TOKYO — A powerful aftershock 16 miles off northeastern Japan late Thursday disrupted power supplies to two nuclear facilities and complicated efforts to contain a monthlong emergency at a third, the Fukushima Dai-ichi nuclear power station.
Japanese television interrupted programming Thursday night to flash warnings of another tsunami, but the alert was later lifted.
The U.S. Geological Survey estimated the quake's magnitude at 7.1. It was the strongest aftershock since the March 11 magnitude-9.0 earthquake and tsunami that left as many as 12,600 dead and more than 14,700 missing.
Two people were killed and scores injured. Blackouts were seen throughout the northeastern coastal region of Honshu, Japan's main island, and two nuclear facilities lost much of their external power supply.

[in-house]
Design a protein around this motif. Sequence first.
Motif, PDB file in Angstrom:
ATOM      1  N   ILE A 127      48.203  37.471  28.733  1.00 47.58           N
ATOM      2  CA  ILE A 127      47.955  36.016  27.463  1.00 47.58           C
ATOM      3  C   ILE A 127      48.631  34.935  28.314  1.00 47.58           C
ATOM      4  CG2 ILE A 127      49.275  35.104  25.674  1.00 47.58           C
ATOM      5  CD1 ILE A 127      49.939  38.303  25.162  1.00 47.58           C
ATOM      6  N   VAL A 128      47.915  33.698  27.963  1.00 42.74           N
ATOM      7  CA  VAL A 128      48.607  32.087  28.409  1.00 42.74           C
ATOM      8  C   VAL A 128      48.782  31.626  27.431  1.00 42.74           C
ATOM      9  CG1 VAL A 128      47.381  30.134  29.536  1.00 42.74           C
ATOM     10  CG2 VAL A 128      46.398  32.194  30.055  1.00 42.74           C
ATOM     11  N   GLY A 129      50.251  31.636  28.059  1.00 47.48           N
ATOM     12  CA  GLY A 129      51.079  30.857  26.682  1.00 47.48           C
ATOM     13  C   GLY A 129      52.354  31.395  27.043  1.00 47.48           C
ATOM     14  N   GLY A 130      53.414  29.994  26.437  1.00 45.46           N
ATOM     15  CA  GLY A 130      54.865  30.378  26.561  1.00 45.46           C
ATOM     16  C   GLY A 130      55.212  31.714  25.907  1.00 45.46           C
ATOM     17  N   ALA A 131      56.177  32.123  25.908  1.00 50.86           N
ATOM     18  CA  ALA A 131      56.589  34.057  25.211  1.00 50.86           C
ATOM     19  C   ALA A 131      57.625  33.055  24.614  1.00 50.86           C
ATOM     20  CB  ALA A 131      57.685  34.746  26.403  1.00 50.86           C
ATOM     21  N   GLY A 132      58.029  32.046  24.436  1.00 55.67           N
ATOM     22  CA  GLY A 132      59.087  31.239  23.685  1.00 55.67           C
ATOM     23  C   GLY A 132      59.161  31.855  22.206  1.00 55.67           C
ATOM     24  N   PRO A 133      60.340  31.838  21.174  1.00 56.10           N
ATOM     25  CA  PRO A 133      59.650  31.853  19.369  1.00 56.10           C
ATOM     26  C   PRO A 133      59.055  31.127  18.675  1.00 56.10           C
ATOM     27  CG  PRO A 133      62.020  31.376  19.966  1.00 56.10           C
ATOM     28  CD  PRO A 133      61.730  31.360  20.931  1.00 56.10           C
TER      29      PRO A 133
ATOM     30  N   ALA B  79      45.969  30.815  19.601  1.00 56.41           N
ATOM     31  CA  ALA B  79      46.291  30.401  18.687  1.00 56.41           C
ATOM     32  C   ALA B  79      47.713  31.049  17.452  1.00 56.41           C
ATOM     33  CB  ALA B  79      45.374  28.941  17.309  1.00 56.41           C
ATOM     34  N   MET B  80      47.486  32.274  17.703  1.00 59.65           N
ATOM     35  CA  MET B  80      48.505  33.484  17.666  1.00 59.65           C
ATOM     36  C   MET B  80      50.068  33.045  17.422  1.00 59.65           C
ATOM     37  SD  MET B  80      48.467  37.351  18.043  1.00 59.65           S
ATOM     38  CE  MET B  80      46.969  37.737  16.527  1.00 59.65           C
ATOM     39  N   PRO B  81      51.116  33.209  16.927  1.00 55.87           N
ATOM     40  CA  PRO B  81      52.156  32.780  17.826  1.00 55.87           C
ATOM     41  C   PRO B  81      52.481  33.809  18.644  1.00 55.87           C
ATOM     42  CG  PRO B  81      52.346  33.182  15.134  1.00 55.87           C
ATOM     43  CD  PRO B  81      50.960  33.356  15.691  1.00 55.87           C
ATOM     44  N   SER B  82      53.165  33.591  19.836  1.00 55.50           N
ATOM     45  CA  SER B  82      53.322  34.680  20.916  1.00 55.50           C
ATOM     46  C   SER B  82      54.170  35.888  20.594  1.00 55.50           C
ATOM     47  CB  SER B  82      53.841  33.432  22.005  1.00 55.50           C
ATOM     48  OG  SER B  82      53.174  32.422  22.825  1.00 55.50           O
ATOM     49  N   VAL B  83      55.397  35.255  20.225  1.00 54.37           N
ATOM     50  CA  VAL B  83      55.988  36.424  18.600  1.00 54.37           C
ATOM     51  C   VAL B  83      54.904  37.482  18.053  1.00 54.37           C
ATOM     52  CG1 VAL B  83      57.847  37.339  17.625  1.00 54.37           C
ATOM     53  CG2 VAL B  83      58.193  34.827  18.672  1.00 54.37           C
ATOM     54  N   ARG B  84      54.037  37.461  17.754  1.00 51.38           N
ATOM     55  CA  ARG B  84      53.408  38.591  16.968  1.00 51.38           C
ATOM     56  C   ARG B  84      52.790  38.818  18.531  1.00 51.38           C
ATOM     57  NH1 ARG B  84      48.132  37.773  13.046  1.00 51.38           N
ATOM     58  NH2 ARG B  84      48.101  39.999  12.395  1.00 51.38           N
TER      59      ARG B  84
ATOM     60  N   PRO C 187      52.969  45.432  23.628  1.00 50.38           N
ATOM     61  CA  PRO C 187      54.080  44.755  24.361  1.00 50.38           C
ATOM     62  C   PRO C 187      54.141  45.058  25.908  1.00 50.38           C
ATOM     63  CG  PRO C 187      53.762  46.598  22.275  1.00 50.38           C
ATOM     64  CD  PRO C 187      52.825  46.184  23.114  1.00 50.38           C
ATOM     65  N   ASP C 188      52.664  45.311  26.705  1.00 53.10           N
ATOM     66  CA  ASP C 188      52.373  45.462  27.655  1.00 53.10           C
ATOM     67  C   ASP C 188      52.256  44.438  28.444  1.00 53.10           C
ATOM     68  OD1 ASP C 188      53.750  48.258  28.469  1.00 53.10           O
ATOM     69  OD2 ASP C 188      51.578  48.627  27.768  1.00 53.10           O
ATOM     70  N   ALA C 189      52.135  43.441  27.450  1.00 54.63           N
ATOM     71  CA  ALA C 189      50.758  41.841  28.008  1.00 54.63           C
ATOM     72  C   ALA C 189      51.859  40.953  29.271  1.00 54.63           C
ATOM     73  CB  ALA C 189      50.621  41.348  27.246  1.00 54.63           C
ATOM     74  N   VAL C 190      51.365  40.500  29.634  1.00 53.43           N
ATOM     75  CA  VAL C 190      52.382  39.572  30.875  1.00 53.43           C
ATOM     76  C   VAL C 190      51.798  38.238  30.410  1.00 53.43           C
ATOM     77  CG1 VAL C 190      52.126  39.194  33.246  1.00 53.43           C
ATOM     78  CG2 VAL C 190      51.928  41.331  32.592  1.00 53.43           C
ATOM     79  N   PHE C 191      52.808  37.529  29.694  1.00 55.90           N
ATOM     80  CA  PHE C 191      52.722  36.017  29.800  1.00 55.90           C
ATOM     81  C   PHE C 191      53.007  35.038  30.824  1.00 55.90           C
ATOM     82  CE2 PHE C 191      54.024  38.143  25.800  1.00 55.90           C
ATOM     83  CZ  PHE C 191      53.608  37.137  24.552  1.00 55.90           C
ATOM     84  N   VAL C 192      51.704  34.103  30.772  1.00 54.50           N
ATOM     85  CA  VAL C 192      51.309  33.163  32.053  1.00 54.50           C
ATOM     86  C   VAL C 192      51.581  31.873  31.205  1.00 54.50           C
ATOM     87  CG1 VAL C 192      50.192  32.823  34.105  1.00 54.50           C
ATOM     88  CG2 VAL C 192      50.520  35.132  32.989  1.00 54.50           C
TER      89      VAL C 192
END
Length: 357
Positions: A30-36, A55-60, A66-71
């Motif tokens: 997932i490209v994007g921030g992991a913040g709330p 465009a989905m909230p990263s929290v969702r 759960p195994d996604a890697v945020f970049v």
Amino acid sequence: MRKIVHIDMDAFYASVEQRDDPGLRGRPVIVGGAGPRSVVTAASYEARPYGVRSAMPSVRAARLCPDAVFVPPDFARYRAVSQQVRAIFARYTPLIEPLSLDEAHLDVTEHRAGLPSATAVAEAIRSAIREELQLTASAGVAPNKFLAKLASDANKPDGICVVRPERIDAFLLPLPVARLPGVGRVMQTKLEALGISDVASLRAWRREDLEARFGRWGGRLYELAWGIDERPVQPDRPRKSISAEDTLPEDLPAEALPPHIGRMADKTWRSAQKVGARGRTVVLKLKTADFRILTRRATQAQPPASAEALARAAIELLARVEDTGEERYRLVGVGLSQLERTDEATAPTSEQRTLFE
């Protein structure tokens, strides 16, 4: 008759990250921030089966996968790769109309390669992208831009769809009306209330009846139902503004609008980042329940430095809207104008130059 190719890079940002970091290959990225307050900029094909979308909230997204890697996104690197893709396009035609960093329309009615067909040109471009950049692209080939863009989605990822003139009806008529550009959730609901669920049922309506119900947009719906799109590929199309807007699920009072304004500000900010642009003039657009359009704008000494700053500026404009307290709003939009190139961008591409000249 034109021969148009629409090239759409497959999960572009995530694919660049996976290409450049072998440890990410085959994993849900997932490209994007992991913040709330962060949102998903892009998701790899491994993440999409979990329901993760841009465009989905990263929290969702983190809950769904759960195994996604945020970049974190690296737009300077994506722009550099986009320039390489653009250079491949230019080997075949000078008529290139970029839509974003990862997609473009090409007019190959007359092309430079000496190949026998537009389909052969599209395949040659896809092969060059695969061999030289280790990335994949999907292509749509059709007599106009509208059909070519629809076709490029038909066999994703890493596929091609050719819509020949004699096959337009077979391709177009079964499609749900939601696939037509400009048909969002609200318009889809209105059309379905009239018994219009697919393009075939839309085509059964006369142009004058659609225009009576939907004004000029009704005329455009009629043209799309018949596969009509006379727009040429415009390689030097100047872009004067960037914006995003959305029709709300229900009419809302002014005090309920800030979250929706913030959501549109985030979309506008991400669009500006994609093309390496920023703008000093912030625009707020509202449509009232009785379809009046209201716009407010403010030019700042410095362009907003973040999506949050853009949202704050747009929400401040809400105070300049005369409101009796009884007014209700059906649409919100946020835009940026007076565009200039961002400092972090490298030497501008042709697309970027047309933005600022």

Electrical troubles at the Onagawa nuclear power station, north of Sendai, and a nuclear reprocessing plant farther north near a U.S. air base in Aomori prefecture did not appear to pose any risk of catastrophic failure.
Thursday's quake came just hours after a rare bit of good news — a successful operation to avert a possible explosion at a crippled reactor at Fukushima Dai-ichi by injecting nitrogen.
In Tokyo, 207 miles south of Thursday's epicenter, buildings swayed for more than a minute. Japan has experienced hundreds of aftershocks, but until Thursday none had exceeded a 6.6.
U.S. Evacuation zone: A recommendation for all U.S. citizens living within 50 miles of the crippled Fukushima Dai-ichi nuclear power plant to leave was based on incomplete information and assumptions about the reactors' condition, U.S. nuclear officials said Thursday in Washington. A Nuclear Regulatory Commission official said the decision was based on a "what if" calculation.
Information from the Associated Press was used in this report.